of the said period, a copy of the audited balance sheet and profit and
loss account for the said accounting period.
Every stock broker shall preserve the books of accounts and other
records for a minimum period of 5 yeaRs
Every stock broker is required to appoint a compliance officer who shall
be responsible for monitoring the compliance of the Act, rules and
regulations, notifications, guidelines, instructions etc. issued by SEBI or
Central Government and for redressal of investors grievances.
Compliance officer shall immediately and independently report to SEBI
any non-compliance observed by him.

PROCEDURE FOR INSPECTION


Regulation 19-24 deals with procedure for inspection by SEBI. It empowers SEBI to
appoint one or more persons as inspecting authority to undertake inspection of
books of accounts, records etc. of the stock brokers, to ensure that;(e)
such books and records are maintained in the prescribed manner,
(f) the provisions of SEBI Act and the rules and regulations there under are
complied with
(g)
to investigate into complaints from investors, other stock brokers or
other persons on any matter having a bearing on the activities of the stock
broker, and
(h)
to investigate suo-motu in the interest of the securities business or
investors interest into the working of the stock brokers.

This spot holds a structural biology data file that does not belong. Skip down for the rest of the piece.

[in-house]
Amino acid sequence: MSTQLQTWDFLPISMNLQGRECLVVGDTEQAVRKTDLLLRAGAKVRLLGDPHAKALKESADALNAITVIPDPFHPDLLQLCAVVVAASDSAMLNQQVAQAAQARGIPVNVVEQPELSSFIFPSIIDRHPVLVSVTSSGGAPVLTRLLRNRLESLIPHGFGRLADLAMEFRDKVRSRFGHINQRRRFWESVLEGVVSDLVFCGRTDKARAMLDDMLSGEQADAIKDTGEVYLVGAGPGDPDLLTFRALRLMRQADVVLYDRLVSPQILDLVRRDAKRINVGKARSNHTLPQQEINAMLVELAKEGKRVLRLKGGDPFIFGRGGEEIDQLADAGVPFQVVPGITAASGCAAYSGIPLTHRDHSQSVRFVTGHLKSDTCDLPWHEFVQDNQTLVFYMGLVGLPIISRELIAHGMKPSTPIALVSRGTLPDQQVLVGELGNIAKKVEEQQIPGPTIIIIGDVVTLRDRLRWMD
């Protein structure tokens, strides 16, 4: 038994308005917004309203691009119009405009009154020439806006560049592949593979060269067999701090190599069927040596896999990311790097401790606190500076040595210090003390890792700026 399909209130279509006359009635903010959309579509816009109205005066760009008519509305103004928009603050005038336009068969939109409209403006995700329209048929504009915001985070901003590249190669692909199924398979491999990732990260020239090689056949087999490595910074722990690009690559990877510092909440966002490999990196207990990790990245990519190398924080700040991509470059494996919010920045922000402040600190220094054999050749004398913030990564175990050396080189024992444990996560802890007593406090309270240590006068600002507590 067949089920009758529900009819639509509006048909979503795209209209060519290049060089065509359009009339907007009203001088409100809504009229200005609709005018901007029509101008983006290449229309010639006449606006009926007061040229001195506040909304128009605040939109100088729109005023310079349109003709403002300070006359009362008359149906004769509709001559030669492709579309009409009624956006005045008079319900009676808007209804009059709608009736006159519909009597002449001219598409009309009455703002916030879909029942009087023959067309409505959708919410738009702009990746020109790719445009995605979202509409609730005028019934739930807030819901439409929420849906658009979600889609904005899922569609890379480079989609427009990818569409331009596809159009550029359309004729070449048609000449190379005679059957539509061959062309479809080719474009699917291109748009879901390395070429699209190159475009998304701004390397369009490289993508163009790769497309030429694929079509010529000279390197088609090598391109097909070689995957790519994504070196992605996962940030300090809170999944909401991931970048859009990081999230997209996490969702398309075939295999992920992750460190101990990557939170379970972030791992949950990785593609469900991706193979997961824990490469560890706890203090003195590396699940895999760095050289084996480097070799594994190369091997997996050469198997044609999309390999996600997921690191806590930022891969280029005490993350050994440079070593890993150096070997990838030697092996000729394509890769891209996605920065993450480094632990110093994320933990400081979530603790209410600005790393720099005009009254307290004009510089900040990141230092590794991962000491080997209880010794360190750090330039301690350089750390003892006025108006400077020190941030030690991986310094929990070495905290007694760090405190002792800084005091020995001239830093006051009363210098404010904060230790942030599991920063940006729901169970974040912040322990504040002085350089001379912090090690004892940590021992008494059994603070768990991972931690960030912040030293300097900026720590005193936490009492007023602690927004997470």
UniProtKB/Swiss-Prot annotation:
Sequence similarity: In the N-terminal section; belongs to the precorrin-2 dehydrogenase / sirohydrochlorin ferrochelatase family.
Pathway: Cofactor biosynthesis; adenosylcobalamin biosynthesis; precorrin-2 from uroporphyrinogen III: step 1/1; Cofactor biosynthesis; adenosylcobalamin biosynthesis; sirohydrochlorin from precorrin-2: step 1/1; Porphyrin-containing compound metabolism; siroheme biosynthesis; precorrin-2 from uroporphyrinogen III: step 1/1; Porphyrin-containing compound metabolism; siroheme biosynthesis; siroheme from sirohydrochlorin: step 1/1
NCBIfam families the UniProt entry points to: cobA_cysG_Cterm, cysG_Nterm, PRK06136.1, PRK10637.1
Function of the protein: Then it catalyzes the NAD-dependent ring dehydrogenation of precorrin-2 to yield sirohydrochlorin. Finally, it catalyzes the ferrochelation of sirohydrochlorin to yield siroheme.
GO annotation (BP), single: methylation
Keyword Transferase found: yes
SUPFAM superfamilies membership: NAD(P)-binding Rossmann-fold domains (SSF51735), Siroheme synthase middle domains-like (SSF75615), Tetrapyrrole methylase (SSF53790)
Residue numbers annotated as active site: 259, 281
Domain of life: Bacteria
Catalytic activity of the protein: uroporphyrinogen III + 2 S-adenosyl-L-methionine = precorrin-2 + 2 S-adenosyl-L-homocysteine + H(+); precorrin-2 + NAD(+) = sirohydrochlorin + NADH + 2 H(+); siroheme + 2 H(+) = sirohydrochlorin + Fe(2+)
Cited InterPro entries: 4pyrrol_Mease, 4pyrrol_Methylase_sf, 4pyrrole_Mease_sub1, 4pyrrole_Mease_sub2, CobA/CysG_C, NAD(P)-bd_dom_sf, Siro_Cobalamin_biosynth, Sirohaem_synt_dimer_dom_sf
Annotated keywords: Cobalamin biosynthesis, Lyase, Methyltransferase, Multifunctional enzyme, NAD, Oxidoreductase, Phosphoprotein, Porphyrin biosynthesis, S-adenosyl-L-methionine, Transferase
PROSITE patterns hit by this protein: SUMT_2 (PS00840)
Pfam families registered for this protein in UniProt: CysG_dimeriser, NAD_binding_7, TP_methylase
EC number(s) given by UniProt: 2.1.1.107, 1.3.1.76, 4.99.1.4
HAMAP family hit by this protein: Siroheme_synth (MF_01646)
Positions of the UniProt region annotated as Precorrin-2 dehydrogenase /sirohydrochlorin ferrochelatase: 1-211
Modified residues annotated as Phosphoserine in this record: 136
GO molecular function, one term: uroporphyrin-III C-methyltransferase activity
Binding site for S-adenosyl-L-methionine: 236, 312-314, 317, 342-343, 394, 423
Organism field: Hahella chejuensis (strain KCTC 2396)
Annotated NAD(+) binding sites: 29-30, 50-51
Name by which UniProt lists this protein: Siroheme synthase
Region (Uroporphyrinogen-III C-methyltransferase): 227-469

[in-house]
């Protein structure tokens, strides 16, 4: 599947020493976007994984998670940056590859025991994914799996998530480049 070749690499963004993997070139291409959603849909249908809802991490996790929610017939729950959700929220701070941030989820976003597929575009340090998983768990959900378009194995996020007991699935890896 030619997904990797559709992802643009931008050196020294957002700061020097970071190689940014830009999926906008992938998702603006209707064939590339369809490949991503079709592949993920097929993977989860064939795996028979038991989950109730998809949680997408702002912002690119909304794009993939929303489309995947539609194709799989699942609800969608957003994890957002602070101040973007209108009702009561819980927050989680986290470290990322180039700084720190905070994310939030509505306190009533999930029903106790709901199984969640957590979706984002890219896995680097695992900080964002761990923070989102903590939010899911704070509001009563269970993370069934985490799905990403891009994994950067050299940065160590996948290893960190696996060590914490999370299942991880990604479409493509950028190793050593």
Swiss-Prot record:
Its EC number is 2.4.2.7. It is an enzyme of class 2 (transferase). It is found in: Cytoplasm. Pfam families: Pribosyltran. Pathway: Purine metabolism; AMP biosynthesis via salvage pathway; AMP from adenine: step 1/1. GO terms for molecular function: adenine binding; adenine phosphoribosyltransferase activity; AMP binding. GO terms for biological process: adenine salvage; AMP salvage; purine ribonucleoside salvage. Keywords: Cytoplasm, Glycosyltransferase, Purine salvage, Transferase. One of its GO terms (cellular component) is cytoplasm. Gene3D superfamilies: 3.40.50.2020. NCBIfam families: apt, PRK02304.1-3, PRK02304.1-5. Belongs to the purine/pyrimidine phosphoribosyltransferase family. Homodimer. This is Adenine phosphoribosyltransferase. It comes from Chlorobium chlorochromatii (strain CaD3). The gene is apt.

DUTIES/RESPONSIBILITIES
AUTHORITY

TOWARDS

INSPECTING

The stock broker shall allow the inspecting authority to have reasonable access to
the premises occupied by such stock broker or by any other person on his behalf
and also extend reasonable facility for examining any books, records, documents
and computer data in the possession of the stock broker or any other person and
also provide copies of documents or other materials which in the opinion of the
inspecting authority are relevant. The said authority in the course of inspection shall
be entitled to examine or record statements of any member, director, partner,
proprietor and employee of the stock broker. It shall be duty of every director,
proprietor, partner, officer and employee of stock broker to give the said authority
51

all assistance in connection with the inspection, which the stock broker may be
reasonably expected to give.